The Constant Princess

The Constant Princess (The Tudor Court, #1)The Constant Princess by Philippa Gregory

My rating: 4 of 5 stars
Series:   The Tudor Court
Publisher:   Touchstone
Release Date:  2006
Category:  Historical Romance
Setting: England
Author Website:

About series:
The Tudor Court series highlights several of the key women in Tudor history who have influenced England. Gregory has a unique talent for combining historical details with fictional portrayals giving readers intriguing stories stacked with knowledge. At the end of each book Gregory provides an Author’s Note section which will let you know where the fiction in her story deviates from history and how she has filled in the blanks. These are great stories that will entertain but I think they will also inspire some readers to do their own research and rediscover an appreciation for history. History doesn’t have to be the boring subject most high school curriculum would make you believe. Gregory should be the spokesperson for a new history ad campaign. We could avoid so many pains if we just took some time to look at our history and learn from our mistakes. The Tudor Court series contains both some success stories and some failures we could learn from.

About this book:
The Constant Princess is an example of why Philippa Gregory’s books are so popular. If you are even somewhat interested in Tudor history you probably think you know everything there is to know about Catherine of Aragon, first wife of Henry VIII.  Her story has been told many times as we hear retellings of Henry’s lavish young court. But Gregory’s story isn’t told from Henry’s point nor does it outline Catherine of just one of Henry’s eight wives. Gregory tells the story of how a princess from Spain became a beloved Queen of England.

Two things jumped out at me while I was reading this book:

1.) Important women in history live up to their destiny.
As I read Philippa Gregory’s books I’m always amazed at how many of these key historical women grew up knowing their destiny. Catalina, daughter of Queen Isabella I of Castile and King Ferdinand II of Aragon, had been engaged to the heir of England’s throne since she was two years old. She *knew* that she would be Queen of England one day with the same level of conviction that we know that sun will rise in the East and set in the West.  I wish for just one day in my life I had such absolute belief in what my mission in life is supposed to be. And maybe that is what makes the women of the Tudor Court so special. It is that complete faith that what they are doing is the right thing.

2.) History is written by the winners and by men.
What we learned in school about Henry VIII and his wives is what was recorded was by those in power and they were often men. There isn’t a historical account that isn’t tainted by the author’s point of view.  Certainly the farther back in history you look the less concern there was for being accurate and more a concern for communicating that the winner was strong, the men are strongest, and the women have faith.  Before I read this book if you had asked me to sum up Catherine of Aragon I would have said that she was a devout Catholic. But the reality is that few feel the level of commitment to God that they portray to the world. And few live their entire lives without questioning something of what they have been told. Catherine of Aragon was no saint.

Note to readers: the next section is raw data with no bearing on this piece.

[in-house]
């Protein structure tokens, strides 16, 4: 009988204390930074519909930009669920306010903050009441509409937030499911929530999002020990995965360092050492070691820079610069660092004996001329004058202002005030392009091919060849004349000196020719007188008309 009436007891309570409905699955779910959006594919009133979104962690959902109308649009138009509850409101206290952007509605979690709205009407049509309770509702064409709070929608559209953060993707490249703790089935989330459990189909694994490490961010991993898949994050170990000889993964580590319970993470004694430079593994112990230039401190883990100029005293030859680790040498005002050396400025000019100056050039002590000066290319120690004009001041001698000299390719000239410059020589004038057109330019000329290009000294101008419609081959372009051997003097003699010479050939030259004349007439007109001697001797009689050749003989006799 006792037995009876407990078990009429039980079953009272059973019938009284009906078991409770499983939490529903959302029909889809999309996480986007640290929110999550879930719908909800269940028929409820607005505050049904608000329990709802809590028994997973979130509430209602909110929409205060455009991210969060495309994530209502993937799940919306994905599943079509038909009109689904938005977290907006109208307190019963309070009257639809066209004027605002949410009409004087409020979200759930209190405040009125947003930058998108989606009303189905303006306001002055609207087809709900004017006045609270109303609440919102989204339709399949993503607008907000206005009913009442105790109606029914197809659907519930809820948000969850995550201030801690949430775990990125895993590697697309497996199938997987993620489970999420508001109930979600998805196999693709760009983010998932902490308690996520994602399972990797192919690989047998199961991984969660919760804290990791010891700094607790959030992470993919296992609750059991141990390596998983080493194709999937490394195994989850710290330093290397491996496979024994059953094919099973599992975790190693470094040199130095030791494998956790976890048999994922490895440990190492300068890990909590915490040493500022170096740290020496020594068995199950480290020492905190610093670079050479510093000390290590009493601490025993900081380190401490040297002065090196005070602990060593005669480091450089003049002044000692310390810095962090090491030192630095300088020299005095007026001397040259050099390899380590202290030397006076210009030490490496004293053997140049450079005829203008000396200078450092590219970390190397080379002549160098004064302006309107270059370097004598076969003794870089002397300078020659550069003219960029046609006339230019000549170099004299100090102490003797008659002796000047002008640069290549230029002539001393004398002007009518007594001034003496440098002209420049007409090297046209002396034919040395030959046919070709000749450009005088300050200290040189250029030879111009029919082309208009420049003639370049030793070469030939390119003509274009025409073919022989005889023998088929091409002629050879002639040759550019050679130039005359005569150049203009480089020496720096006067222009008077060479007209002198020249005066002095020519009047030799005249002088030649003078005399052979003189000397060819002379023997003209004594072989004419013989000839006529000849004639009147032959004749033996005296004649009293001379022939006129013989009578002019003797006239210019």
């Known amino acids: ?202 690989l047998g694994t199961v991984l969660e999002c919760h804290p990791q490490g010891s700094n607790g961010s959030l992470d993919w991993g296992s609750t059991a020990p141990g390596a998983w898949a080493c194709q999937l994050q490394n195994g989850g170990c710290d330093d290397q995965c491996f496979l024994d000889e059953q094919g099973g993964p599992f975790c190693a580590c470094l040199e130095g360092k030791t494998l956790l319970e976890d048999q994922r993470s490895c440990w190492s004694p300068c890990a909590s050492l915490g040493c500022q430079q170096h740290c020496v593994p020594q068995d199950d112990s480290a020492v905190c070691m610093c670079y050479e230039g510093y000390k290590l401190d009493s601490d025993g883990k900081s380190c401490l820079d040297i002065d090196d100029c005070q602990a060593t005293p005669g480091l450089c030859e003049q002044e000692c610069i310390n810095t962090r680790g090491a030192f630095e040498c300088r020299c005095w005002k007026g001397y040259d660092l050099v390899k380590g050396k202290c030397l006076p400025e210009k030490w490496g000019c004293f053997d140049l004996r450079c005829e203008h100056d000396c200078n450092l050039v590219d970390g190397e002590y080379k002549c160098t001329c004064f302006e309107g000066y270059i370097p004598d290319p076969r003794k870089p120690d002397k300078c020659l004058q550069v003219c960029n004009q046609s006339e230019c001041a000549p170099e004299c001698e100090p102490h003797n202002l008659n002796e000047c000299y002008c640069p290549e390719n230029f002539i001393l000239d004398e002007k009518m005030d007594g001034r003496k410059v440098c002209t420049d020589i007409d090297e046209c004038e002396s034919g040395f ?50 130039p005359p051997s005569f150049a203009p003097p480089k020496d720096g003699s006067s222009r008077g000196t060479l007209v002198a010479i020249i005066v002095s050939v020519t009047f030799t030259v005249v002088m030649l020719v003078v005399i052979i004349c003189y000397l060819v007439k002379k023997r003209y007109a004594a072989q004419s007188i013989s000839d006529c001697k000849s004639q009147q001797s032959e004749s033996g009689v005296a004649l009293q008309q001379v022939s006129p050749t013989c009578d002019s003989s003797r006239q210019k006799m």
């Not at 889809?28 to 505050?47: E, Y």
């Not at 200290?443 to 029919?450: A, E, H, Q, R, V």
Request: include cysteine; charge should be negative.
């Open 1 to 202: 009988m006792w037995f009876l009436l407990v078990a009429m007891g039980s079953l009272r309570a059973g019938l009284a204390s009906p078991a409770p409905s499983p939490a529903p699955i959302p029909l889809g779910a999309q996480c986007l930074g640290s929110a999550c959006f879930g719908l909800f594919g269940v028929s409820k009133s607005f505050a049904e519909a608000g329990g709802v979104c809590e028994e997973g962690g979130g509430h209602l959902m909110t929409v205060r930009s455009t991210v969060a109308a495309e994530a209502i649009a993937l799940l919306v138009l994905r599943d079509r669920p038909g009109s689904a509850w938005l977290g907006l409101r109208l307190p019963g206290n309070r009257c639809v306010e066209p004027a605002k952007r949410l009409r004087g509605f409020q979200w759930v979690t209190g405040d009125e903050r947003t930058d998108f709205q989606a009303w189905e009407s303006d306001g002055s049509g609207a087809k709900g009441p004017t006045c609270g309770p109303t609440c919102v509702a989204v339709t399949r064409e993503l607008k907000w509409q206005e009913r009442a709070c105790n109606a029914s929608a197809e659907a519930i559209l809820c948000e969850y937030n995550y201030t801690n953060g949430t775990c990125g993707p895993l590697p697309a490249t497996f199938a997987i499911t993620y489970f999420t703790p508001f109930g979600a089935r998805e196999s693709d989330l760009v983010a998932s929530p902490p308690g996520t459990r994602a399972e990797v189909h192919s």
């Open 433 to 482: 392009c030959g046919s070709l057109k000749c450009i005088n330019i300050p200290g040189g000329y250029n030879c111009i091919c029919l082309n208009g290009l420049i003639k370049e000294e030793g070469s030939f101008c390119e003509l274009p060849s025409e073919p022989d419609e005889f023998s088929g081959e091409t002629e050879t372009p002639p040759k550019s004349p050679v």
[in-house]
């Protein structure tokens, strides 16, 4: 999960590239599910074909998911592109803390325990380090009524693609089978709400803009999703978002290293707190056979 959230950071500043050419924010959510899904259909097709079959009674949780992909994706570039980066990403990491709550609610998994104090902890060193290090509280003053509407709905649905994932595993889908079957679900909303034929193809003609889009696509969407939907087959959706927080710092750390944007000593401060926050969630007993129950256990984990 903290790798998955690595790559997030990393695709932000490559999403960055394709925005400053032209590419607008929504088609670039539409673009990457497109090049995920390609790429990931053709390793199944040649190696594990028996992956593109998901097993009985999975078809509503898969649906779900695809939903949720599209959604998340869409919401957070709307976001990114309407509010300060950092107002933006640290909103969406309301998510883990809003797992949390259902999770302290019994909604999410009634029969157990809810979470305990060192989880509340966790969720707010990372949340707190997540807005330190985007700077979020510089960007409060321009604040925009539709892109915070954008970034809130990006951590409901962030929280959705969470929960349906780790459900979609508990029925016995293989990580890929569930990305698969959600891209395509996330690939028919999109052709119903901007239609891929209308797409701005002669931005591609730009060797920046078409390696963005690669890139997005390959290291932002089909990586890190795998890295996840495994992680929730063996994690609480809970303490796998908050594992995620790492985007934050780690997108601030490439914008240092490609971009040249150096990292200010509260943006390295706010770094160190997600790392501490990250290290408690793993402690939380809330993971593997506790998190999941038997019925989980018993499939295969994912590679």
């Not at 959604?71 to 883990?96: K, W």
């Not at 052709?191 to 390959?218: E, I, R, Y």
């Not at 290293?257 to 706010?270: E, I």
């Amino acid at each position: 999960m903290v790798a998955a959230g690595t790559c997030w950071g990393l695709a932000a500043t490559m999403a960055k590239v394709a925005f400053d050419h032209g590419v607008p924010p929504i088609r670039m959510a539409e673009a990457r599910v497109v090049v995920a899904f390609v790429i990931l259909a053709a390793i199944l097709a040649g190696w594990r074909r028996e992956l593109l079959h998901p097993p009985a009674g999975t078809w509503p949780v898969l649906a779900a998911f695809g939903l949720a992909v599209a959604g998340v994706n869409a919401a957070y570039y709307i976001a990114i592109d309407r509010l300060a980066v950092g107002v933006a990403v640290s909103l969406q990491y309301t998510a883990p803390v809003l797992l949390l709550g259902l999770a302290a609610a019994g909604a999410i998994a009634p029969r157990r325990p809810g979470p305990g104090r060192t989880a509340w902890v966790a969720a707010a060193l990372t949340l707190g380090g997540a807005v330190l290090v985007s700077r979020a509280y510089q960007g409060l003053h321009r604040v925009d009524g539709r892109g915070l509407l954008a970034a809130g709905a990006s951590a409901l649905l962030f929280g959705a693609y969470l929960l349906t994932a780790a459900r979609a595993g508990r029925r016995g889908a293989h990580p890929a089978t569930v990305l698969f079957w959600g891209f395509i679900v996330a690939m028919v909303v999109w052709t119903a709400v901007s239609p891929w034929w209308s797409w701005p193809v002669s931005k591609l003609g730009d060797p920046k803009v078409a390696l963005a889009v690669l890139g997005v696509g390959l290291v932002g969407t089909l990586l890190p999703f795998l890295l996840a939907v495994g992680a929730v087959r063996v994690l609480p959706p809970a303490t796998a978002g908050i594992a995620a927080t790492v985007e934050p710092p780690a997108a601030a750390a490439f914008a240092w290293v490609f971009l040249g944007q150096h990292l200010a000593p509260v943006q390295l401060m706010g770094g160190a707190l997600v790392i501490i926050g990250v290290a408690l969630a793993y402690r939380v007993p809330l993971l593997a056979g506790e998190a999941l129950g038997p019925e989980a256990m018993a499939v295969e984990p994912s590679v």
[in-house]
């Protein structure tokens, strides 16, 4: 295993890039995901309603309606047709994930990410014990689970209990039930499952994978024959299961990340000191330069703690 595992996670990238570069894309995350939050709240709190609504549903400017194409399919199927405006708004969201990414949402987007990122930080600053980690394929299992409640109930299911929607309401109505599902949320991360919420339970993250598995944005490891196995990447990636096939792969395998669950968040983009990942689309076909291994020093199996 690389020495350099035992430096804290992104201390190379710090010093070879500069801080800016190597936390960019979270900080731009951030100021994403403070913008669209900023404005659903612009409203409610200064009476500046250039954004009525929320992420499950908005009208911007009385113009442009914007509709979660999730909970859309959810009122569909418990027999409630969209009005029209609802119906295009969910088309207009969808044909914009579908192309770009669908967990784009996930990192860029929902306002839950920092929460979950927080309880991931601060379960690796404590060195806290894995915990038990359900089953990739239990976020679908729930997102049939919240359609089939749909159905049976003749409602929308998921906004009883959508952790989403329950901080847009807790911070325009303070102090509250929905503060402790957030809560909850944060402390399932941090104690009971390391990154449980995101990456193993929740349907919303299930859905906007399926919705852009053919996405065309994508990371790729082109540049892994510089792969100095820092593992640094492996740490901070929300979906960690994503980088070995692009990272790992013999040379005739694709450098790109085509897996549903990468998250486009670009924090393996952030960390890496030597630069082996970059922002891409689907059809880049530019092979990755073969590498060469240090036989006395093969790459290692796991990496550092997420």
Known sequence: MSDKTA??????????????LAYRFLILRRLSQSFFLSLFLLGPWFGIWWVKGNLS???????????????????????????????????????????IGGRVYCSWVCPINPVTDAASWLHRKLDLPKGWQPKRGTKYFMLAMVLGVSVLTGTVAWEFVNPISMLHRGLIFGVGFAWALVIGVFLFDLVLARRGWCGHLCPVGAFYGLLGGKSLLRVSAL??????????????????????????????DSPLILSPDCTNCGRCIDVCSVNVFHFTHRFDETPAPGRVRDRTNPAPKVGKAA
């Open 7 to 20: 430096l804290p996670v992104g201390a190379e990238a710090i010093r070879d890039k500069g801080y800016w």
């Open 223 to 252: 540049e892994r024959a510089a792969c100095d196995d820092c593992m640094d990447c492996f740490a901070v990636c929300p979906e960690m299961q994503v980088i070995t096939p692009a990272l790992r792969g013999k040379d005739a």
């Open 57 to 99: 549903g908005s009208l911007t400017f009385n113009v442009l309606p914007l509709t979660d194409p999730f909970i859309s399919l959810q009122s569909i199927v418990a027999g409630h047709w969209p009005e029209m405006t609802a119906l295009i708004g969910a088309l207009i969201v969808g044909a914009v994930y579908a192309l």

Read Gregory’s The Constant Princess and you’ll remember that there is always two sides to every story.

Learn about other books in this series:

Book #2: The Other Boleyn Girl – We all know that Henry VIII puts aside Catherine of Aragon for Anne Boleyn, but did you know that before Anne Henry had actually fallen in love with Mary Boleyn. Gregory tells a gripping tale of a love doomed from the beginning and yet key to the future throne of England.

Book #3: The Boleyn Inheritance – History has reported Anne of Cleves as ugly and shy while Katherine (Kitty) Howard reportedly was beautiful but stupid. There must have been more to these women for them to have risen to status of Queen and in this book Gregory doesn’t hold back in showing how risky it is to capture the eye of Henry VIII.

Book #4: The Queen’s Fool – Hannah Green has the sight and that makes her both a good spy in the Tudor court and a possible witch. Caught between the courts of Queen Mary and then Queen Elizabeth this commoner lives anything but an average life among Tudor royalty.

Book #5: The Virgin’s Lover – Elizabeth I’s early years on the throne of England are challenged not only by the French and Scotch but also by internal desires for Robert Dudley. While Elizabeth struggles with desire like any other young lady, she also realizes that to bed the Queen of England is to control the throne.

Book #6: The Other Queen – Mary, Queen of Scots, trusted Queen Elizabeth’s promise of sanctuary, but then found herself a “guest” of England. This is the story of Mary’s years in captivity.

Other books of interest:

The Red Queen Book # 2 of the Cousins’ War series – This book gives you an up close and personal look at Margaret Beaufort, grandmother of Henry VIII. Understanding Margaret Beaufort goes a long way to understanding how Henry VIII could be raised to be so spoiled.